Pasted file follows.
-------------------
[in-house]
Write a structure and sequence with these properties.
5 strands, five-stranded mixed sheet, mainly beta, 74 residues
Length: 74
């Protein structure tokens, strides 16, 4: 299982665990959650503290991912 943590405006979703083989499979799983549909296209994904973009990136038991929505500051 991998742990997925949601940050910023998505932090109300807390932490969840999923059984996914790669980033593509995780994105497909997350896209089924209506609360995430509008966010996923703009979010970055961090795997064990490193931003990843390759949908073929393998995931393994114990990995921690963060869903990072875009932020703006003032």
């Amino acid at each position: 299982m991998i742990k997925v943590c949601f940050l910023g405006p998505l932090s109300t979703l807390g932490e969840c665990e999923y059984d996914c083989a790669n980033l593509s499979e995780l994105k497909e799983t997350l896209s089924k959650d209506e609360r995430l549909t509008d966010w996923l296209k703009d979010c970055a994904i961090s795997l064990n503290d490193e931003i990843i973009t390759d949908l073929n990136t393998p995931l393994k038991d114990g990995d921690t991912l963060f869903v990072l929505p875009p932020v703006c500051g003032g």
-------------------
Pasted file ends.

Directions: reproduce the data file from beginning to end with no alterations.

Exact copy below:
[in-house]
Write a structure and sequence with these properties.
5 strands, five-stranded mixed sheet, mainly beta, 74 residues
Length: 74
């Protein structure tokens, strides 16, 4: 299982665990959650503290991912 943590405006979703083989499979799983549909296209994904973009990136038991929505500051 991998742990997925949601940050910023998505932090109300807390932490969840999923059984996914790669980033593509995780994105497909997350896209089924209506609360995430509008966010996923703009979010970055961090795997064990490193931003990843390759949908073929393998995931393994114990990995921690963060869903990072875009932020703006003032």
């Amino acid at each position: 299982m991998i742990k997925v943590c949601f940050l910023g405006p998505l932090s109300t979703l807390g932490e969840c665990e999923y059984d996914c083989a790669n980033l593509s499979e995780l994105k497909e799983t997350l896209s089924k959650d209506e609360r995430l549909t509008d966010w996923l296209k703009d979010c970055a994904i961090s795997l064990n503290d490193e931003i990843i973009t390759d949908l073929n990136t393998p995931l393994k038991d114990g990995d921690t991912l963060f869903v990072l929505p875009p932020v703006c500051g003032g």